Figure 4.:
MAIT and NK cells co-expressing CD69 and CD103 reside in renal tissue. (A) Identification of CD56dim and CD56bright NK cells (n=19) or CD3+CD8+/CD3+CD4CD8 T cell receptor Vα7.2+CD161+ MAIT cells (n=29) in the kidney expressing CD69 and CD103. Statistically significant differences were tested with the two-tailed Wilcoxon signed rank test. (B) Overlays of MELC fluorescent images showing marker combinations that allow the identification of NKTR cells (upper panels; white arrows) and tissue-resident MAIT cells (lower panels; red arrows) in the kidney. For NK cell analysis, CD3 is shown in red; CD56 is shown in blue; and DAPI, CD69, or CD103 is shown in green in the same region of interest (ROI). For MAIT cell analysis, CD8 is shown in cyan; CD3, CD161, or CD103 is shown in magenta; and DAPI, T cell receptor Vα7.2, and CD69 are shown in yellow in a different ROI. Data represent one of four independent experiments. Scale bars: 50 µm.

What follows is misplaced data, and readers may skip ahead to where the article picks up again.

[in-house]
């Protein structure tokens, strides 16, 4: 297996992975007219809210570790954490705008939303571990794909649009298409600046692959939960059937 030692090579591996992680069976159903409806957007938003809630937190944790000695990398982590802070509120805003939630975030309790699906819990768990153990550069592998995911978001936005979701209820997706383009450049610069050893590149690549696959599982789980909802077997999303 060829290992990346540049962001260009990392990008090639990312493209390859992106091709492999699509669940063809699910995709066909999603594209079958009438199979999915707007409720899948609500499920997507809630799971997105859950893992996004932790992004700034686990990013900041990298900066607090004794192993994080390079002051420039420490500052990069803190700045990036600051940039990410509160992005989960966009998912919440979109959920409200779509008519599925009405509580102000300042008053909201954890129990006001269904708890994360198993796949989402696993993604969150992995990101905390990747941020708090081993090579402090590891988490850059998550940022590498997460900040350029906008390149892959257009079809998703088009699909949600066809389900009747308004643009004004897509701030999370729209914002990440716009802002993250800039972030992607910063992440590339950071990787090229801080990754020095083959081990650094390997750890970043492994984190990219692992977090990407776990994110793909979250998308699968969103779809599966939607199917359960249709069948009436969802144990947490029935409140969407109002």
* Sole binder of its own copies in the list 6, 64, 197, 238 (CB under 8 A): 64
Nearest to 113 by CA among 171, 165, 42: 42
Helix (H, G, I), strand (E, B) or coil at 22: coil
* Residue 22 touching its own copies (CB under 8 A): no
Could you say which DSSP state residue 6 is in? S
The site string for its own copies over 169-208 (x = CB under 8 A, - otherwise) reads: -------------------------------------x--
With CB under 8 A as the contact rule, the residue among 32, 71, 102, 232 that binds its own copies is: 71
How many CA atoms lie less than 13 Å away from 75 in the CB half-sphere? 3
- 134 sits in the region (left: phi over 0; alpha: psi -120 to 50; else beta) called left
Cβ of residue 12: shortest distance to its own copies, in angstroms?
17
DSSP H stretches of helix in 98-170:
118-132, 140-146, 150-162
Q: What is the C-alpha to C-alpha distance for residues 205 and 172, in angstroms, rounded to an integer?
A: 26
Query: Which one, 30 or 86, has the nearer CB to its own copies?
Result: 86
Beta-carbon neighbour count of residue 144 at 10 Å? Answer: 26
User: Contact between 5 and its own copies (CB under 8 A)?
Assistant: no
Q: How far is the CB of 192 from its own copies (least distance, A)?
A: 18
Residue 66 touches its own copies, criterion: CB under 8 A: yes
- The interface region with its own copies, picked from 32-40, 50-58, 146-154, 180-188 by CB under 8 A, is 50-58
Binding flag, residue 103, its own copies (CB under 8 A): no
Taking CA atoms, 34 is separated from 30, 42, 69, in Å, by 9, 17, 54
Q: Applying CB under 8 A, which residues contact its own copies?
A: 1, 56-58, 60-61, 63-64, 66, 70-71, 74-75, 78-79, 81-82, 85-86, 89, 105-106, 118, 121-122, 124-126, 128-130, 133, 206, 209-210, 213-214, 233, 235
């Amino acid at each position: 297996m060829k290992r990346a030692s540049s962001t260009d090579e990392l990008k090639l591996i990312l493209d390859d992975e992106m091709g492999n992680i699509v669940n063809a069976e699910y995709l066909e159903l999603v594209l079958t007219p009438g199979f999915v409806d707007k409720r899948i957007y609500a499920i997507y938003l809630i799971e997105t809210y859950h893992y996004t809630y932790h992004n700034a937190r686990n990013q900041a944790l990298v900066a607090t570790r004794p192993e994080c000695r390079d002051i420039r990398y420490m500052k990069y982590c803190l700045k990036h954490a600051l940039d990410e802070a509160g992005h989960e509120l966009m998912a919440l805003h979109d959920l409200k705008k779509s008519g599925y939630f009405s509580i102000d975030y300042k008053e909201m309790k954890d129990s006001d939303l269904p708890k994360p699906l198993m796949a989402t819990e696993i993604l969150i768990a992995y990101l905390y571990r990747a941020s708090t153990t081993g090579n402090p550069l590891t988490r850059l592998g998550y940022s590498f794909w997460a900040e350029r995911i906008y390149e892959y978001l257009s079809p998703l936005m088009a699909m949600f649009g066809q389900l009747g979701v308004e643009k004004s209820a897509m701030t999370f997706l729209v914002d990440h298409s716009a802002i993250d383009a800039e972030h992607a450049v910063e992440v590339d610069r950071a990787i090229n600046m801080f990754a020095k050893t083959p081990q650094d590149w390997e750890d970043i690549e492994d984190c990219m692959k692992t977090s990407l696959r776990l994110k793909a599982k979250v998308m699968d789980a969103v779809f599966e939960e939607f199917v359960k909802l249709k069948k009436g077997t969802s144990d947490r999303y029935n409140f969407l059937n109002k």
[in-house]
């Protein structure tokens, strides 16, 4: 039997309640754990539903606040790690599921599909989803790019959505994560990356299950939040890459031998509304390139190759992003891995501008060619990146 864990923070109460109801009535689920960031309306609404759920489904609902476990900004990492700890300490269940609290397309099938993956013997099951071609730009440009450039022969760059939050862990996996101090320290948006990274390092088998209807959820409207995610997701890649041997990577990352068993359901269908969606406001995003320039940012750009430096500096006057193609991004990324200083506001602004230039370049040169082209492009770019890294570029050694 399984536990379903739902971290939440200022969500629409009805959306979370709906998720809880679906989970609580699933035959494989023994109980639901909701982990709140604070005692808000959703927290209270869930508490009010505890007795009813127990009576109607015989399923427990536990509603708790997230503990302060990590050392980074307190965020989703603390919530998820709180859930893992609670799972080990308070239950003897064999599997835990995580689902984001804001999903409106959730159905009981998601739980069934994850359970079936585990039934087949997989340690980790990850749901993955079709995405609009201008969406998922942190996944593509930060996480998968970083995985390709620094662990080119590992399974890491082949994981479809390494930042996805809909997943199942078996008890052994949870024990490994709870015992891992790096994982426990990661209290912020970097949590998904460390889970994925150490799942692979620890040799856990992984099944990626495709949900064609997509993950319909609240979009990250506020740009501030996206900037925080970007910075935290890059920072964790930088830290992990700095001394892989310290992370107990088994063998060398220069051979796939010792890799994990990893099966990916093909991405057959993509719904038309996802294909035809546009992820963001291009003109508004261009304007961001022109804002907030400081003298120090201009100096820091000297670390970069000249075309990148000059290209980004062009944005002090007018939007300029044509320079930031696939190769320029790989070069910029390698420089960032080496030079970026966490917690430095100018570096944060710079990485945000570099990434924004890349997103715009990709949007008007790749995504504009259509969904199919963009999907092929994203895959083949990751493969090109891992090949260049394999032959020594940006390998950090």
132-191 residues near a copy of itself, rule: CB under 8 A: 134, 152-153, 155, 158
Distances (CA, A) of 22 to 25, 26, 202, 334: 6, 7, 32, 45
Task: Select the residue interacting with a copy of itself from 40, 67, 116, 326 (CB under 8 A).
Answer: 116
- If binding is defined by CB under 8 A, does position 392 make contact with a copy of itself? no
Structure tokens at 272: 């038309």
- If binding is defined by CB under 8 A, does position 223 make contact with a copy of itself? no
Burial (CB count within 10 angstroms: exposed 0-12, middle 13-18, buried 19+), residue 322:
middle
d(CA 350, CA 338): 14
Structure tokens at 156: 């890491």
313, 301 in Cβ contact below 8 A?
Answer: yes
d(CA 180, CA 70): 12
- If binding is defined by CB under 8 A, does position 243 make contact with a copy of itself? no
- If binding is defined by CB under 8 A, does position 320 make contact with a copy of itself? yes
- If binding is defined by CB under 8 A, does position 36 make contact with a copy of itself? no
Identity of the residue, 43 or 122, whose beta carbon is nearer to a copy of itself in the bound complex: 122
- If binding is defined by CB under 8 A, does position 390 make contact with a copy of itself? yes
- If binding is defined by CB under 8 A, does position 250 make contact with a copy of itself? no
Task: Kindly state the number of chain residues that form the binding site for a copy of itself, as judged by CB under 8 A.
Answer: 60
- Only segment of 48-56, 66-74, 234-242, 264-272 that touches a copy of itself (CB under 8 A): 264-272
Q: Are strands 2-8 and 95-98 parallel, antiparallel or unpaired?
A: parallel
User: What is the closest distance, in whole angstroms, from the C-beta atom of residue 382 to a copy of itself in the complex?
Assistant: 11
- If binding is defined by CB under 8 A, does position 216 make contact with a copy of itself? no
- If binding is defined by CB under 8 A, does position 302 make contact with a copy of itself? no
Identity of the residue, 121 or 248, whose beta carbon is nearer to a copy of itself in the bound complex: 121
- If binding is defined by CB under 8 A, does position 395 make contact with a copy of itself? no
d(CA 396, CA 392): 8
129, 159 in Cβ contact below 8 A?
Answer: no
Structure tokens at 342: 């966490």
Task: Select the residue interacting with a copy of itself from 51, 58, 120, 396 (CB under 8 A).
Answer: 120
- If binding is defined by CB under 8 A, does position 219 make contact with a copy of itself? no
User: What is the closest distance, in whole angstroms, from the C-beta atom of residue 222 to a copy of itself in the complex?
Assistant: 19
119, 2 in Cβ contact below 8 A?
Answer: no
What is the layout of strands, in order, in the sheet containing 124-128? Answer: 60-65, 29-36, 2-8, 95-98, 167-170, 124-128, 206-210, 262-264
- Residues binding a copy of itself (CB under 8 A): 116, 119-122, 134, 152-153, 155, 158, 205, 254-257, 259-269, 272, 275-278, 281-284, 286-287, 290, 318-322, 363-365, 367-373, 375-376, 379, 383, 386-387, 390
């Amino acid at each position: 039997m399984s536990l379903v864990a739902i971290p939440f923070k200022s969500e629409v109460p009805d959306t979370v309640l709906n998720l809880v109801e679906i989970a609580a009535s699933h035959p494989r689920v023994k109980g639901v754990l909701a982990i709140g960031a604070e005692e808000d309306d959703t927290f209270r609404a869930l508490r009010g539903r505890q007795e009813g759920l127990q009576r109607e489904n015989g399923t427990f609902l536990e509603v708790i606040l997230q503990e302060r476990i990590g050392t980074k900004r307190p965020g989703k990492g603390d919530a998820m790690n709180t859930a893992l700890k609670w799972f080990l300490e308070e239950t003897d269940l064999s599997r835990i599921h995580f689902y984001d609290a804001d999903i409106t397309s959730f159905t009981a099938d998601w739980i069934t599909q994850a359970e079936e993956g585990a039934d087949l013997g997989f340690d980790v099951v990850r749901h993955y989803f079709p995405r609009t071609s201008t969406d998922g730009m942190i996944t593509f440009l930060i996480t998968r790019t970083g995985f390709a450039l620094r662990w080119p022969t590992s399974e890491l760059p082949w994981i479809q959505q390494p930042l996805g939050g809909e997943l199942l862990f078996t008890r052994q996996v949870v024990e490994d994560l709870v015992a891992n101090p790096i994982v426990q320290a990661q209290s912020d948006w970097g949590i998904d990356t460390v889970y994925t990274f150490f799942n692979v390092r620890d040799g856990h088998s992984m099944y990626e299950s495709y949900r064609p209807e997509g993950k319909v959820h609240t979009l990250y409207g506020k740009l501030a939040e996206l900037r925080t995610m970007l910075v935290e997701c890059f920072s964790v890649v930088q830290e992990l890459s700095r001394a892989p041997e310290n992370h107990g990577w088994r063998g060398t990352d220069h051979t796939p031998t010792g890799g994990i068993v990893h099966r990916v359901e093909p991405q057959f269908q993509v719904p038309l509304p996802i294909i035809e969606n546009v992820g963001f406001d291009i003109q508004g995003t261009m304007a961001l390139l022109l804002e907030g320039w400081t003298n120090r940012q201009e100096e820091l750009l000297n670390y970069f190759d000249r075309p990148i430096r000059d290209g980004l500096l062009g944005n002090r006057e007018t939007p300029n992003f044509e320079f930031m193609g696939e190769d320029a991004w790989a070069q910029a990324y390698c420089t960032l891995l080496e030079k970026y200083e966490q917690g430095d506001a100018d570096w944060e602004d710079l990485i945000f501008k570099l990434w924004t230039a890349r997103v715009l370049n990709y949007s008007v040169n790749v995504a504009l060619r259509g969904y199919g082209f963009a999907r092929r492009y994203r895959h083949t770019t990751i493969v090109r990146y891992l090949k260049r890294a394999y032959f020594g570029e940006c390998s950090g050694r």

CD69+CD103+ Lymphocytes Accumulate in Renal Tumors